Snake worms, jumping worms, crazy worms… all names to describe a group of worms in the Amynthas group. These worms appeared recently in North America and have a distinct movement that differs from the already established Lumbricidae worms. Incidentally, European earthworms are common to North America but they were not originally on the continent. We usually talk in terms of invasive species as having negative impacts on the environment. This is a good time to open up discussions about non-native organisms that have positive impacts, such as earthworms and apple trees.
The real question here is whether farmers, foresters, or gardeners should be concerned about the jumping worm. Their wiggly movements might be disconcerting, but will they harm the environment? Students will attempt to answer the question by examining primary literature, analyzing data, and exploring information about the jumping worm. At this point, information on the worm is somewhat limited, with a few studies that may suggest that the worms harm the environment by consuming leaf litter too fast.
This is a great way to get students more involved in their local environment. I usually bring earthworms from a bait store and have students examine physical features. If possible, you might even be able to get samples of Asian jumping worms to compare.
Crazy Worm Lesson Guide
This lesson can be a short stand-alone activity where students examine data, or it can be a longer assignment in an ecology unit. For example, I use the 5E model for lessons that encompass big ideas. In this case, the big idea is about species diversity.
Engage – Show students a video or gif of the Asian worms. Ask them HOW the worms appear different from the European worms. Ask them how the worms got into North American soil.
Explore – Ask students to discuss the problem with invasive species and to design how they could test the impacts of Asians worms on forests and farmlands.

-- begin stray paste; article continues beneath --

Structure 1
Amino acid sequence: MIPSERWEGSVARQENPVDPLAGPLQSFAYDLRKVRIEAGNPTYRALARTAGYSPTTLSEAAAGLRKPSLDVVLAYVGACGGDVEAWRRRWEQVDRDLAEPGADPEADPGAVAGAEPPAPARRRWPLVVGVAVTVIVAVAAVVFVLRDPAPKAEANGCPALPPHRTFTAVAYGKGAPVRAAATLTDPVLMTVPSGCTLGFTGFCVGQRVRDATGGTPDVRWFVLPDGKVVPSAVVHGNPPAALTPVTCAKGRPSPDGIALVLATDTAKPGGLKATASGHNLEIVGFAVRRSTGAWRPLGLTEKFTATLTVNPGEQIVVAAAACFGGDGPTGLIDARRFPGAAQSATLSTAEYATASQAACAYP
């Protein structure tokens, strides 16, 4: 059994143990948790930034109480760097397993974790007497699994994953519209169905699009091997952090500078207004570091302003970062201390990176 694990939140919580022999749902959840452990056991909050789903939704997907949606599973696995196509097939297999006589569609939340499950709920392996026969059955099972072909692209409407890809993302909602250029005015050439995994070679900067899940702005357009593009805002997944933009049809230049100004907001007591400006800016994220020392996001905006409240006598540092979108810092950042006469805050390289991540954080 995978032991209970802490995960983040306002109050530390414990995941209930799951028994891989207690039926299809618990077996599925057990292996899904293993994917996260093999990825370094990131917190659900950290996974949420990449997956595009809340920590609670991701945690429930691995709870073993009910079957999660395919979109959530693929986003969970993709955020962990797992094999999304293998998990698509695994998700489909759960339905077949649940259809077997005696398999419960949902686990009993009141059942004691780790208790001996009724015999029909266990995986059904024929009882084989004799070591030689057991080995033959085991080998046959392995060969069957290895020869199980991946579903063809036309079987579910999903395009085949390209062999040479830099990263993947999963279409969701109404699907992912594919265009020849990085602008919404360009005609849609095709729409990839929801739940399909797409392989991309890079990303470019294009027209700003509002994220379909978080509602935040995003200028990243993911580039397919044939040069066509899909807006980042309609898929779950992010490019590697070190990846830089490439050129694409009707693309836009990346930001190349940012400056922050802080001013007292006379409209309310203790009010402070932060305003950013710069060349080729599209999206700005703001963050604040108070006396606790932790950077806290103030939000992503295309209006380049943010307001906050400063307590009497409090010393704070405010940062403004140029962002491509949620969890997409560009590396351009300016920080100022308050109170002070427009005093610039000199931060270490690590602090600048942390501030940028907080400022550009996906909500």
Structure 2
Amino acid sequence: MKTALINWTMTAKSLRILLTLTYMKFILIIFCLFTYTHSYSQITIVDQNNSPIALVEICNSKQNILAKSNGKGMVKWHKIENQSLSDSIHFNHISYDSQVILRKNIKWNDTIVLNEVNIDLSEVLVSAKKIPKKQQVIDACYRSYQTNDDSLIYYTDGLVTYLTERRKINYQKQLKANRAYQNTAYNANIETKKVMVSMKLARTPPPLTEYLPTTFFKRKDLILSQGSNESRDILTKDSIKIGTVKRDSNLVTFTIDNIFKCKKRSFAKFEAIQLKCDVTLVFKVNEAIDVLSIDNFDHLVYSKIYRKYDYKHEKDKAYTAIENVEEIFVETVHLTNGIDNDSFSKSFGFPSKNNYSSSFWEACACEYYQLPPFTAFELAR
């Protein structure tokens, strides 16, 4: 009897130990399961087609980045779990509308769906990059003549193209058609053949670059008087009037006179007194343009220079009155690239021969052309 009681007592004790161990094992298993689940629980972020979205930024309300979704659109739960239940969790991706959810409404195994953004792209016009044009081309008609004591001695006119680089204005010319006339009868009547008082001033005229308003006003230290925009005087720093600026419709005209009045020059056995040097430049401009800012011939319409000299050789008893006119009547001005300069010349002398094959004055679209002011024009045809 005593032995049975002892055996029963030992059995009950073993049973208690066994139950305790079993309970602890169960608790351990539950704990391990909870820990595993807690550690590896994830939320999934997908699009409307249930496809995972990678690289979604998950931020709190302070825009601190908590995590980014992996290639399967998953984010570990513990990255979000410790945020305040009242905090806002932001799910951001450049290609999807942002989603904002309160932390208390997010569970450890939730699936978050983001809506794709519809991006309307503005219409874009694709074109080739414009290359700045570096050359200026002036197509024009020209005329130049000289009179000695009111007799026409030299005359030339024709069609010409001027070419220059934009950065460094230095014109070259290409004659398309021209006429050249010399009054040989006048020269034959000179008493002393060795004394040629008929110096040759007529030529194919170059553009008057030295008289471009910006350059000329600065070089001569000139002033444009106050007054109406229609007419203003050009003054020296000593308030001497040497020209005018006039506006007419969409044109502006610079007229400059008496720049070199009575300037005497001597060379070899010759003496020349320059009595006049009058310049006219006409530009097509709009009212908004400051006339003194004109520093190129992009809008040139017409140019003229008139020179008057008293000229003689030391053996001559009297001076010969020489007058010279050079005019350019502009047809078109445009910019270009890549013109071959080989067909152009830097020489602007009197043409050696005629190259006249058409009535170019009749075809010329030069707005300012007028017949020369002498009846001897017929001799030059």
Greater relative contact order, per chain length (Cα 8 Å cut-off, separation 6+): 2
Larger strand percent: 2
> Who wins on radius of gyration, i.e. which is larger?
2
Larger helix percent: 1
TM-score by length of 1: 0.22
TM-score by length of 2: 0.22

Explain – Students review information sources to learn more about the Asian jumping worm. If possible, I group students and have each review a different source and then share with the class. Post-its are my favorite way to share information between groups. You can set up a board where students write observations and data from their reading.
- “Cancel Earthworms” by Julia Rosen; The Atlantic
- “Earthworms: Can these gardeners’ friends actually become foes” by Science News for Students
- “Asian Jumping Worm” by Nebraska Invasive Species Program
- “Research Update: Jumping Worms and Sleeping Cocoons” by Arboretum of University of Wisconsin
- “Jumping Worms: The Creepy, Damaging Invasive You Don’t Know” by Cool Green Science
- “Invasive Jumping Worms Damage U.S. Soil and Threaten Forests” by ScienceNews
- “Look Out for Jumping Earthworms” by PennState Extension
- “Invasion of the Jumping Worms” Podcast by Unexplainable (25 min)
- “The Trouble with Earthworms” audio from NPR (15 min)
Elaborate – Here, they can do the data analysis from a peer reviewed study. The worksheet is not a full printout of the journal article, but you could certainly share that for authenticity. Once students have analyzed what is known, the focus should switch to what is not known. Students can plan further investigations to answer the question or determine if the jumping worms are really a problem.
Evaluate -Students present this summary in formats like a concept map, a short video (TikTok), fact sheet, or an essay. You could even share this video as an inspiration for their own creation. Caution: giving too much away for the artifact at the beginning might make it more difficult for students to develop their own creativity.